Zoetis (ZTS) - Is down about 15% from highs, on mostly one-time issues. Management guided analyst estimates for 2014 down, forecasting 2014 "adjusted" EPS at $1.48 to $1.54 and revenue of $4.65 bn to $4.75 bn, below previous analyst expectations of about $1.62 and $4.77 bn, respectively. ZTS's non-GAAP adjusted results exclude traditional nonrecurring items such as acquisition costs, restructuring charges, and initial public offering expenses, but not stock compensation. The roughly 10 cents per-share guidance shortfall has hurt the stock and was due to both operational and nonoperational issues.

About 5 cents derives from foreign exchange, and the rest from pork and cattle life-cycle issues, among other things. For example, the U.S. pig population has been hit hard by the porcine epidemic diarrhea virus, which killed more than 4 million piglets over the past year. These are generally short-term industry issues and aren't nearly as important as the beneficial long-term trends for animal health and medicines. There is an emerging global middle class with a diet moving more toward protein and the consumption of meat. Getting medicine to market in animal health is much more straightforward than the human-drug approval process, and there are no intermediaries like pharmacy-benefit managers to worry about. ZTS's steady and stable 5% to 6% long-term secular sales growth and 10% EPS gains seems like a good story in this market. As ZTS gets its legs it should be able to expand operating margins to about 30% from 25% over the next five years. ZTS trades at about 20x FY14 EPS. Also Eli Lilly agreed to acquire Novartis ' (NVS) animal-health division for about $5.4 bn, which is 4.3x sales or a 25-to-30 P/E. The same ratios applied to Zoetis result in a $35 to $40 price, 15% to 30% higher than Friday's close of $30.16.Zoetis offers a solid business with pricing power and good financial characteristics, and one that's not an Internet business.
Personal Note: I am long CAMP. I bought it around $24 and bought more stock when it fell to $18.

Monday, March 10, 2014

Special Situation Ideas for week of 10-MAR-2014

URS (NYSE: URS): This is an interesting time to take a look at a company, that’s a play on US and internal infrastructure. The company operates in 4 major sectors – Government (roads, bridges, water infrastructure, nuclear, among others); Oil & Gas, Power and Industrial. The firm has underperformed its peeps for a while, however, the firm does not look like it’s badly managed.
The company trades at 11x earnings, with a 1.9% yield. I believe that this and next year should see capital spending, especially on infrastructure and capital spending, especially on Industrial, and Oil & Gas sectors should pick up in the next two years.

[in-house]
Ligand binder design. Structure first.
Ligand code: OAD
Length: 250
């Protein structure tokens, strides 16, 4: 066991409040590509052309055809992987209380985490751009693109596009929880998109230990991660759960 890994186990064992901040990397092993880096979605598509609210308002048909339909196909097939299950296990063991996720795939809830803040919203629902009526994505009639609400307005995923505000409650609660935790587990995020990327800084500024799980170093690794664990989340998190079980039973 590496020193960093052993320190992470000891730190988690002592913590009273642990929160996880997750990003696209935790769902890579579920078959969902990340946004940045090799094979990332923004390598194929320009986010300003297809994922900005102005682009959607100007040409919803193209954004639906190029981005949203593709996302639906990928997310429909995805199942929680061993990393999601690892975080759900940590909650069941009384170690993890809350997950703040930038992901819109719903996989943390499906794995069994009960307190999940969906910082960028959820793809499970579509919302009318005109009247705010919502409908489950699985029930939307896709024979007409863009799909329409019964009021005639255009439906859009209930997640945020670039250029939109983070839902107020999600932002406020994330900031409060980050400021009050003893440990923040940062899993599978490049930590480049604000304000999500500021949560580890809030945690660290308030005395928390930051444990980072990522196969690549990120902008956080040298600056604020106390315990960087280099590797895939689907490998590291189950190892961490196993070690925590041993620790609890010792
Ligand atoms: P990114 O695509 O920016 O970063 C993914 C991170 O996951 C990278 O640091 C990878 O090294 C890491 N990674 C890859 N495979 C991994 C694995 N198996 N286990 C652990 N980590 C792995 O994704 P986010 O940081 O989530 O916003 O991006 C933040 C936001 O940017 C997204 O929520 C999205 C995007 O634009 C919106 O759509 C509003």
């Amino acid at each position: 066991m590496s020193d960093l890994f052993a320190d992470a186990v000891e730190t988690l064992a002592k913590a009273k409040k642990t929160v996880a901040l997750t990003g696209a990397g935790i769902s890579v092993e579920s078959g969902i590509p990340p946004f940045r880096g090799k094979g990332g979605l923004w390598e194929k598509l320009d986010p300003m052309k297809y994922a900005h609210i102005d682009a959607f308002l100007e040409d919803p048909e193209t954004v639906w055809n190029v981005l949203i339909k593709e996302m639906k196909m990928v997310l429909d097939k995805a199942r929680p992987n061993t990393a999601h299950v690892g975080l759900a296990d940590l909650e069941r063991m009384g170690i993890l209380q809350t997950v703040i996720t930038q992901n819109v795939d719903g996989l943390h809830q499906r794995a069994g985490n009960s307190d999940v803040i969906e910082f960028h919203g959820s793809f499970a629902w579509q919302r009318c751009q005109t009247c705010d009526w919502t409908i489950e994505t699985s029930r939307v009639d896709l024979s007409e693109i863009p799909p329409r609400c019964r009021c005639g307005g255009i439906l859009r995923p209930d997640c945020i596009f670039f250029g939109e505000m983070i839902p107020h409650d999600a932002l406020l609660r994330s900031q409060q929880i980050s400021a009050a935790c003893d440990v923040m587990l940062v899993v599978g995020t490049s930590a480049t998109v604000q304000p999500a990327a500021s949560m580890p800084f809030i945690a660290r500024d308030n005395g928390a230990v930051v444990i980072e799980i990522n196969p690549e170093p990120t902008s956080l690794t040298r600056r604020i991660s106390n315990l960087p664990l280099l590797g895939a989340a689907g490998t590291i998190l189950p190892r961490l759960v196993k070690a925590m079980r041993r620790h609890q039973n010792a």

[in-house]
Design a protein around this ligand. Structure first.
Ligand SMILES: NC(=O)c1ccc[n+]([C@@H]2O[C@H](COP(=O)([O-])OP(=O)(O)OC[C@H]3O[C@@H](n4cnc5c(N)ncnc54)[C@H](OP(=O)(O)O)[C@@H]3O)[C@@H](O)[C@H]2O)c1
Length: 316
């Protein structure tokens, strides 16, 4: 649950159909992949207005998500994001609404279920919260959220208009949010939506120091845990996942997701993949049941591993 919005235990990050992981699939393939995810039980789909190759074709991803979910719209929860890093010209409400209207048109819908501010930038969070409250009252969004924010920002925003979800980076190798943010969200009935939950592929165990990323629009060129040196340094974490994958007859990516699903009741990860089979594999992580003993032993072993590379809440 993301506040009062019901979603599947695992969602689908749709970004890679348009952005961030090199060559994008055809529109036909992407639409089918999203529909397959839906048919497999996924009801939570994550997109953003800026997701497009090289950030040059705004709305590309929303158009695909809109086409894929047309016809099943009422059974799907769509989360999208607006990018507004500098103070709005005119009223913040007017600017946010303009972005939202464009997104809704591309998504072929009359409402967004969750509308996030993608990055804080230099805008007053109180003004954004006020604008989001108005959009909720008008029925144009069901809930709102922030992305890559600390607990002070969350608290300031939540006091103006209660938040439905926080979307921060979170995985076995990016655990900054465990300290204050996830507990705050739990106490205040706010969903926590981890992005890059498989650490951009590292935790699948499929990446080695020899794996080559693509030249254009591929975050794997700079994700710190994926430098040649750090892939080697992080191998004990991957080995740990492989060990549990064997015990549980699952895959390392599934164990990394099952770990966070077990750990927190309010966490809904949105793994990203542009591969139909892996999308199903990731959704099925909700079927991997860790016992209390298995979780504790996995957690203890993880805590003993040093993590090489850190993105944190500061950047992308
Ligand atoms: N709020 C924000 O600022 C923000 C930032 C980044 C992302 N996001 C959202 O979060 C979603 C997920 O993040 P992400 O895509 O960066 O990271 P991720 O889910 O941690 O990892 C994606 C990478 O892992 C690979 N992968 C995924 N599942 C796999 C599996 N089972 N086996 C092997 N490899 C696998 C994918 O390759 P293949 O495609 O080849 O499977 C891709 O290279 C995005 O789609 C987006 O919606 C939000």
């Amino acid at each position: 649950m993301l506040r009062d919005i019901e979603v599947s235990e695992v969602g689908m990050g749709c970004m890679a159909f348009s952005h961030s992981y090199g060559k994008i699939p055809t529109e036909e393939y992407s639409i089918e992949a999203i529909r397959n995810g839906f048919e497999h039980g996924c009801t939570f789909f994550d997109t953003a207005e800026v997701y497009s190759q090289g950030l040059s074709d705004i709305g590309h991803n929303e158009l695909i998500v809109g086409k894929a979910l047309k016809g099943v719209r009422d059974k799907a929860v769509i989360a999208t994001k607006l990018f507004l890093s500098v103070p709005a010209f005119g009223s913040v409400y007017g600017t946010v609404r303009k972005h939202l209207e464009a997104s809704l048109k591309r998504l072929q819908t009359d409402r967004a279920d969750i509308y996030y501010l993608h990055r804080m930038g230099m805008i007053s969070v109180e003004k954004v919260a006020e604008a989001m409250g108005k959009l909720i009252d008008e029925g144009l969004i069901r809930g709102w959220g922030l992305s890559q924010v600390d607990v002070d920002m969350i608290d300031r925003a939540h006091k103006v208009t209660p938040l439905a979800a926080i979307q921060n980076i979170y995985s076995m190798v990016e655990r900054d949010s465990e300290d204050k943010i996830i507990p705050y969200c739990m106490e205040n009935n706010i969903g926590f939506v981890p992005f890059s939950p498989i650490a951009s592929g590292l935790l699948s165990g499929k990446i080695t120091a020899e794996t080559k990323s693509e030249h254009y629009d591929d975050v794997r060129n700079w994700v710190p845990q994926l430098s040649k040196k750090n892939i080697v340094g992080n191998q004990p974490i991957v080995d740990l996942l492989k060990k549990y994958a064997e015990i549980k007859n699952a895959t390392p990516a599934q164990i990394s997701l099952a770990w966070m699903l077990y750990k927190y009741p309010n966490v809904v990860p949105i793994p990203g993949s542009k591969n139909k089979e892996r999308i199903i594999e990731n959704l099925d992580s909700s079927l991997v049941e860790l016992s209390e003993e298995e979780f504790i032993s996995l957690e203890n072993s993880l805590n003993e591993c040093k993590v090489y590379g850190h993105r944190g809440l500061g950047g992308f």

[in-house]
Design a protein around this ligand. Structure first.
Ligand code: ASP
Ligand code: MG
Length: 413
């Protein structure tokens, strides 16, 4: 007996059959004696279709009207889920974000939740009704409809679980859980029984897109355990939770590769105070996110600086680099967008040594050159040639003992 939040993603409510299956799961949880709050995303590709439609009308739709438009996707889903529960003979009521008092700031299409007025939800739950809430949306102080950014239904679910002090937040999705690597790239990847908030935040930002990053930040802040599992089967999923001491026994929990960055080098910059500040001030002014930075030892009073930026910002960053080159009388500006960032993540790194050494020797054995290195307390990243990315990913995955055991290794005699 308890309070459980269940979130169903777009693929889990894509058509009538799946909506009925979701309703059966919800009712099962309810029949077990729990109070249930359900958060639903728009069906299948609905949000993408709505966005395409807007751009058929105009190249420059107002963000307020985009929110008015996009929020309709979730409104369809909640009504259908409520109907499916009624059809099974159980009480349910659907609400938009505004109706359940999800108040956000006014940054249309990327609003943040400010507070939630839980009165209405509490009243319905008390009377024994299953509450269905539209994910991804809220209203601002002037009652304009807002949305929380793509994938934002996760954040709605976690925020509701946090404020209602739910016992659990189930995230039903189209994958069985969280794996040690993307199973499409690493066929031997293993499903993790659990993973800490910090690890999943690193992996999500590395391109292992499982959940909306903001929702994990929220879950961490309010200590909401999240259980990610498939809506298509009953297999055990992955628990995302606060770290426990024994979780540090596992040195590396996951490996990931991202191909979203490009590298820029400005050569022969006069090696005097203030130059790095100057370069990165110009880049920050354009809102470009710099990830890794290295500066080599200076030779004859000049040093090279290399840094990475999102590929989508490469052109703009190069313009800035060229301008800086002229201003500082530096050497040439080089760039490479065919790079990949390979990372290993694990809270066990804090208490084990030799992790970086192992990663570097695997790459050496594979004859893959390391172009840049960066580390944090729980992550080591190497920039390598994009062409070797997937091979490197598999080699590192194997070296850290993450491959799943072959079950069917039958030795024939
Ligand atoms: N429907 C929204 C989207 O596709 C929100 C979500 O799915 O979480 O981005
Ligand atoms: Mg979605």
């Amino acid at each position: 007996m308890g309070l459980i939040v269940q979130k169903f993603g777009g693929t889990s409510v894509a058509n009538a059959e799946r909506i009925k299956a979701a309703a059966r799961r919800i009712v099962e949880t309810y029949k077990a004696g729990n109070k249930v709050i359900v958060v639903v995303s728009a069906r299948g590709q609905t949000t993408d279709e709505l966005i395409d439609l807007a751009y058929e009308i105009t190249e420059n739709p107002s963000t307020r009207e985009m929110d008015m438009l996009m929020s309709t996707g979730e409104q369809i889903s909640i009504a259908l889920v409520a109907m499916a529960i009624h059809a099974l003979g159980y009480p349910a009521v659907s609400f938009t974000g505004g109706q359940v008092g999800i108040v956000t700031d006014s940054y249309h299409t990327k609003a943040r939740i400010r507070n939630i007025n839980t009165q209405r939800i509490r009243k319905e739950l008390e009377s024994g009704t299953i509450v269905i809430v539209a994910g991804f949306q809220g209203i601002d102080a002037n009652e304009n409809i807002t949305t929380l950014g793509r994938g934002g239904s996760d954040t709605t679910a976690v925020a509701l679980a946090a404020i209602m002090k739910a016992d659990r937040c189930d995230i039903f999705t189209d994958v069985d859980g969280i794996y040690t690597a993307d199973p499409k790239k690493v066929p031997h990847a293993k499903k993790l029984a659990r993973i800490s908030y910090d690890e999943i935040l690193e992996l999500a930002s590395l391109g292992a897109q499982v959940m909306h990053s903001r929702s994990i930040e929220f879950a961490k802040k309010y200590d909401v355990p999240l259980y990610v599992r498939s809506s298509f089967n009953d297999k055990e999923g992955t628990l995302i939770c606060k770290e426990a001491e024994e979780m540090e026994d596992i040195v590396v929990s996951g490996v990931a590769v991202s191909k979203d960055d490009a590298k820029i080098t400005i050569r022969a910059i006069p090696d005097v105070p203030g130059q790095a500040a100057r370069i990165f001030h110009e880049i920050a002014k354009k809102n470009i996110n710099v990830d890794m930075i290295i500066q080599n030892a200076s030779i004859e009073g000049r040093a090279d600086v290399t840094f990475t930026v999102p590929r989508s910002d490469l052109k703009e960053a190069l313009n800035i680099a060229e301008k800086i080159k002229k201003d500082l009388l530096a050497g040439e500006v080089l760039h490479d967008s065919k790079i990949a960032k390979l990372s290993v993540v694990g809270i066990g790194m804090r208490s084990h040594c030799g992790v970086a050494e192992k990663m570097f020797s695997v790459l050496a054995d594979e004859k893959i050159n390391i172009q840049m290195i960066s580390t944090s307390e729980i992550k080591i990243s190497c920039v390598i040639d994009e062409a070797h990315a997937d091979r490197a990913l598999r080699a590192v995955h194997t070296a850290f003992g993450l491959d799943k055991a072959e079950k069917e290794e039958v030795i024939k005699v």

Another interesting thing that has happened in the last month, is the involvement of some very well-known hedge funds in this business, among them Jana Partners, which has declared a 9.9% stake in the company at an average cost of $47.46 per share. Jana Partners is having discussions with the company regarding capital and corporate structure. March 14 is the new deadline for submitting director nominations. This deal is a little different from the usual activist situation for Jana; it started out as a passive 13G investment that was converted to a 13D after the company announced poor financial results. For now, it's an amicable engagement, with the company agreeing to extend the deadline for stockholders to nominate directors so it can continue negotiations with Jana. Despite generating $1.5bn of FCF and completing $5.3bn of acquisitions since 2006, the company has grown its EV by only $2.5bn. These acquisitions left the company with many separate businesses that haven't been integrated, and with strong cash flow significantly in excess of earnings. So, the activist opportunities here are to use free cash flow to buy back stock, divest some of the businesses that haven't been working out, and/or take advantage of the FCF to sell the entire company or do a leveraged buyout. Because URS' long-time chairman/CEO is expected to retire this year, and his logical successor recently resigned, now is likely a good time to proceed, since activist agendas are much easier to implement when the management team is in transition.

Chemtura (CHMT):
This is a FY10 post-bankruptcy play. The firm filed for bankruptcy pressured by rising raw material costs and declining sales. It eventually emerged in FY10 with a liquidation value of $750M. It had 4 segments, Consumer division, and Industrial Performance Product (IPP), Industrial Engineering Product (IEP), and Agricultural division.  Recently, the firm got out of consumer unit, by selling it for USD 315M.  The company is in the process of selling its agricultural unit, which is expected to be sold around $800M - $1bn.
The company has discussed using the cash from divestitures, to return it to shareholders and deleverage the balance sheet. The company is expect to generate FCF of $72M In in FY14, and currently has net debt of approx. $350M, with $550M in cash.